### Pic Measure data analysis example

Without showing the source image, this section shows how PicMeasure data might be analysed.

The source image showed 3 footprints, which have been named here "print 1", "print 2" and "print 3". Each footprint has 2 parts - the pad, and the heel, however the pad for print 1 was cropped at the edge of the image, so the print 1 pad could not be fully measured.

Column B lists all of the intervals that were measured - the heel length and width, and the print length and width, for each footprint (except the pad length for print 1). Also, the pad of print 2 has been measured twice - as a "short version" and a "long version". This is because there are marks at the front of this print which may be due to the claws on the foot (and hence part of the print) or may just be disturbances in the substrate (hence not part of the print). The length of the space between adjacent prints was also measured.

The interval lengths (in pixels) are in column C.

For column E, I type the '=' character on the keyboard, then click on one of the interval labels. For example, cell E2 reads '=B9'. Excel added 'B9' when I clicked on cell B9.

Column G uses the same formula as column E. That is, '=' and then click on a measure.

Column F uses the sumif function. For example, cell F2 has:

=sumif(B:B,E2,C:C)

and cell H2 has:

=sumif(B:B,G2,C:C)

These formulas are saying "sum all of the cells in column C where the value next to it, in column B, matches the value next to me - ie. in column E (or G, respectively)". *In this case*, as the values in column B are all unique, only one value will match and therefore the appropriate measurement is displayed in columns F and H.

The lookup function would require column B to be sorted alphabetically. If you had duplicate values in column B - for example, representing repeated measures of the same thing, you would probably want to average your values first and produce a new dataset - of averages - before looking at ratios.

Finally, cell I2 is simply:

=F2/H2

These formulas are then copy-pasted down the screen. You can add as many pairs of measures as you wish to compare.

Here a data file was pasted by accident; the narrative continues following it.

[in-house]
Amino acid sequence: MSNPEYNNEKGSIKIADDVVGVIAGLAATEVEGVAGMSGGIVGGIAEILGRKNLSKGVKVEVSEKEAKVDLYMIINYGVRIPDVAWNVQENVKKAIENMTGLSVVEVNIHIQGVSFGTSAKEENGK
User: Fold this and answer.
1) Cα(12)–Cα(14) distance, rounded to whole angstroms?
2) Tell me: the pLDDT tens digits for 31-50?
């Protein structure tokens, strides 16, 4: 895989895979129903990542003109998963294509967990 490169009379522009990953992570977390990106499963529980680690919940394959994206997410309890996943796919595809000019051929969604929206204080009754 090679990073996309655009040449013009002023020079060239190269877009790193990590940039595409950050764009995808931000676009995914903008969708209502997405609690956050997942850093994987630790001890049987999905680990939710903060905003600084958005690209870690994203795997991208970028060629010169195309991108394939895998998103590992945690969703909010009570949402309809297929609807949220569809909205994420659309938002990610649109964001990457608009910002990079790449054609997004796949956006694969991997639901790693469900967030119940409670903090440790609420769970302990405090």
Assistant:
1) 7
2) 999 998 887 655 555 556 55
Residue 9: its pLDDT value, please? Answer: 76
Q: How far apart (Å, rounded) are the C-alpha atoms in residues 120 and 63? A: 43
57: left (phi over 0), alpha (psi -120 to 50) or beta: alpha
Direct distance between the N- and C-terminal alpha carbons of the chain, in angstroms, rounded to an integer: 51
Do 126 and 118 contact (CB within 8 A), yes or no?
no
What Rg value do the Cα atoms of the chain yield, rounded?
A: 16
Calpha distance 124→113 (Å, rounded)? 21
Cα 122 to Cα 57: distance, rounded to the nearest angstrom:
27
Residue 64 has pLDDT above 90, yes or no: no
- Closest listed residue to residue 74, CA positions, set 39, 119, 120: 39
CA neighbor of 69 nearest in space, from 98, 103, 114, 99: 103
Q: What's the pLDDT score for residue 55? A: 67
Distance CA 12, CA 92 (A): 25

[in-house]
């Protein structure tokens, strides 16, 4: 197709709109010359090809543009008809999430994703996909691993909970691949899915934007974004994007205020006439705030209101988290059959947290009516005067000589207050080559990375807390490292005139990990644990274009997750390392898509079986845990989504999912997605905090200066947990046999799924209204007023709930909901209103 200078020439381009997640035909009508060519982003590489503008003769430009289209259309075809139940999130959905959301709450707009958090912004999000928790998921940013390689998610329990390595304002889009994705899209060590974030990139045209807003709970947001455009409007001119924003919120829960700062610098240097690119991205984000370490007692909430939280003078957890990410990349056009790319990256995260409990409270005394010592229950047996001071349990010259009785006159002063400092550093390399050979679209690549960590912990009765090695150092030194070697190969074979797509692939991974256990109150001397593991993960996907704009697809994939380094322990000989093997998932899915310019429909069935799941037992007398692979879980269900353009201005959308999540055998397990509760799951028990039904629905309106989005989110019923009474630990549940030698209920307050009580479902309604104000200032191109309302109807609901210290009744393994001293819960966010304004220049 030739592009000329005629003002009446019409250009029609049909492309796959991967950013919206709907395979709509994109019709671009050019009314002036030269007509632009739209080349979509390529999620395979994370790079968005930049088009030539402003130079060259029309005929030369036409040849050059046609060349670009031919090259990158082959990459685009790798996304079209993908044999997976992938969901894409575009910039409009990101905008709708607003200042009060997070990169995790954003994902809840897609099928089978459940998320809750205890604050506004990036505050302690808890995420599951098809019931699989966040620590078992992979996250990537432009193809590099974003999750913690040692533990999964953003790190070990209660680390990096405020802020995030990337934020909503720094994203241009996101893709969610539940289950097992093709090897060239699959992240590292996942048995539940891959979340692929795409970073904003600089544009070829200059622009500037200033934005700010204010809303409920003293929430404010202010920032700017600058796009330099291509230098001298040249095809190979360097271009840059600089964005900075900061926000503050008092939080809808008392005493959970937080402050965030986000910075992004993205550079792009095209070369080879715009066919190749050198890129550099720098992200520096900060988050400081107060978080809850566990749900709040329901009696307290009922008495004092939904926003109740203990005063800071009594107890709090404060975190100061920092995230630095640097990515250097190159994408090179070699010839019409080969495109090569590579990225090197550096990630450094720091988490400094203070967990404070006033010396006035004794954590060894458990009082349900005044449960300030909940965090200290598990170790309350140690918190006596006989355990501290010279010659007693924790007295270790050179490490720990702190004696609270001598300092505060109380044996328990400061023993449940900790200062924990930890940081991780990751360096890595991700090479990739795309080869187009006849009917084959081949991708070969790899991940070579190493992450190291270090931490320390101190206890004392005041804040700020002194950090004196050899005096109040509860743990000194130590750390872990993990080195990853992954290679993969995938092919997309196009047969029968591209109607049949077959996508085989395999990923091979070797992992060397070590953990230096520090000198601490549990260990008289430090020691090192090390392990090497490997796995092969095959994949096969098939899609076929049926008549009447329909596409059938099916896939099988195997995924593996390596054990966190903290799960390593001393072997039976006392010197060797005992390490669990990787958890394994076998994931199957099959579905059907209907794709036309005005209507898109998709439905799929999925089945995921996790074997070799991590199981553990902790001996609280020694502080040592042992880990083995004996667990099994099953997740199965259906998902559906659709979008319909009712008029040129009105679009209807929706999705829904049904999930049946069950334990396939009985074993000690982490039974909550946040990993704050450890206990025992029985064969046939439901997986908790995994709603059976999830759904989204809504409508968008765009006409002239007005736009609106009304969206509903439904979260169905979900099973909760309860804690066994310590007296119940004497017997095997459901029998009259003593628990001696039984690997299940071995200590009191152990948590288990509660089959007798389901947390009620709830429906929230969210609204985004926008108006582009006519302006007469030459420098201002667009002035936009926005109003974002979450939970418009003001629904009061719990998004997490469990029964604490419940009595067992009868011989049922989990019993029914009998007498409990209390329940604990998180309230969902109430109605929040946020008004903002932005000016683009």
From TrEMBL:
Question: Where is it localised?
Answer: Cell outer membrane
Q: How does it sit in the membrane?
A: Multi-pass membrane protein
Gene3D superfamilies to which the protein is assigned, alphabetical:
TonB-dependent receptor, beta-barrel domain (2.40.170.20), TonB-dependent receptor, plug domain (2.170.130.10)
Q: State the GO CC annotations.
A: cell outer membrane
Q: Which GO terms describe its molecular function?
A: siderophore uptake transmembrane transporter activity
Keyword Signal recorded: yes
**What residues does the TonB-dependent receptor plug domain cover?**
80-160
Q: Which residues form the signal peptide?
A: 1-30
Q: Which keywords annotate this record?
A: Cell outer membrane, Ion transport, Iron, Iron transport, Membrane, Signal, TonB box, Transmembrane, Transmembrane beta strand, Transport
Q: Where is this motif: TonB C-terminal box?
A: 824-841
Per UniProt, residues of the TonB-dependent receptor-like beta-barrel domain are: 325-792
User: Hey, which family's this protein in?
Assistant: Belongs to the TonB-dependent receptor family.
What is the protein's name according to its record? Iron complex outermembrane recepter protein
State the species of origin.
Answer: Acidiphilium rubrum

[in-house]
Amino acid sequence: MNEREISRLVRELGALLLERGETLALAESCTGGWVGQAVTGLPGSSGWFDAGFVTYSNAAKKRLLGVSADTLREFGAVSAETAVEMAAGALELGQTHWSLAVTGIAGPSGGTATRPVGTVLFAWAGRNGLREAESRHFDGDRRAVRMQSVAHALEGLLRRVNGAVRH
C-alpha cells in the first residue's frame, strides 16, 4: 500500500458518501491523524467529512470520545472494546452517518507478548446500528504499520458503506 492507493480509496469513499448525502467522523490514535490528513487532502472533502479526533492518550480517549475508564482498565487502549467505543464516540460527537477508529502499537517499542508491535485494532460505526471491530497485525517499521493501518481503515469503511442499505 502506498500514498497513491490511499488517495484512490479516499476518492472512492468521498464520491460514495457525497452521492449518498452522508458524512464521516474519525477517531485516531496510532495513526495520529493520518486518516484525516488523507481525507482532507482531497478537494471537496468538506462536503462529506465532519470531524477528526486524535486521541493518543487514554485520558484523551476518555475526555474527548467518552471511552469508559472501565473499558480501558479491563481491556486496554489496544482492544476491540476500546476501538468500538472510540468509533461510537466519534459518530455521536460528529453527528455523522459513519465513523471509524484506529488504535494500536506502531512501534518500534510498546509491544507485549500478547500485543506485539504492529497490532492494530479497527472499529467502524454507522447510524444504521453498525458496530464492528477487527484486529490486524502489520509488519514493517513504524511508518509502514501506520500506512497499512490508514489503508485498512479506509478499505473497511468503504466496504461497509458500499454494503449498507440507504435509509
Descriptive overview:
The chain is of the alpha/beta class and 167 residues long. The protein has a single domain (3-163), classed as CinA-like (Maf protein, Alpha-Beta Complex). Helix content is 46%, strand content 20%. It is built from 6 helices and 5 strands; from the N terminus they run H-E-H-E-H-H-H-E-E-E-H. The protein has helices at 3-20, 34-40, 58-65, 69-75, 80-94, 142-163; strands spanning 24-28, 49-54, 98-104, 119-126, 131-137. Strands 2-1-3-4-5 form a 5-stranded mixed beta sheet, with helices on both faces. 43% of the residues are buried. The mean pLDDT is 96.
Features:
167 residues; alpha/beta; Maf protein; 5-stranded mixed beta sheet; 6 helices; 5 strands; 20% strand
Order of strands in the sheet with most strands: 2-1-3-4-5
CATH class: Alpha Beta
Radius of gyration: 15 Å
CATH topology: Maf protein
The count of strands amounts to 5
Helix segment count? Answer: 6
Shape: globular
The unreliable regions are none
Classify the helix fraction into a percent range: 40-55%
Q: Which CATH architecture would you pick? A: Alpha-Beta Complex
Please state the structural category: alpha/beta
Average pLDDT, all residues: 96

Some example insights from the above table include:

- The first pair of ratios (on rows 2 and 3) shows the ratio of the full-pad-length to heel-length is from 1.068 to 1.23 for the 2 prints analysed (prints 2 and 3; one measure taken of each)
- The next pair (on rows 5 and 6) shows the ratio of the width-of-pad to length-of-pad is from 0.61 to 0.67 for the 2 prints analysed (prints 2 and 3; one measure taken of each)
- The next set of 3 ratios (on rows 8, 9 and 10) shows the ratio of the heel-length to heel-width is from 2.6 to 3.5 for the 3 prints analysed (one measure taken of each)

Interpreting these measures is, of course, up to the researcher and reviewers. With even a simple analysis such as this (ie. with single measures in all cases) an initial estimate of variance can be produced. For the 3 insights above (and calculations for the below not shown in the screenshot):

- The largest ratio for full-pad-length to heel-length is 15% greater than the smallest (2 data points)
- The largest ratio for width-of-pad to length-of-pad is 9% greater than the smallest (2 data points)
- The largest ratio of heel-length to heel width is 37% greater than the smallest (3 data points)

The third ratio shows the greatest variance - and this is to be expected: when the pad strikes the ground, almost always the entire surface of the pad makes contact and leaves a measurable impression; however when the heel strikes the ground its full length does not always strike the ground, providing a reasonable explanation for the variance seen here.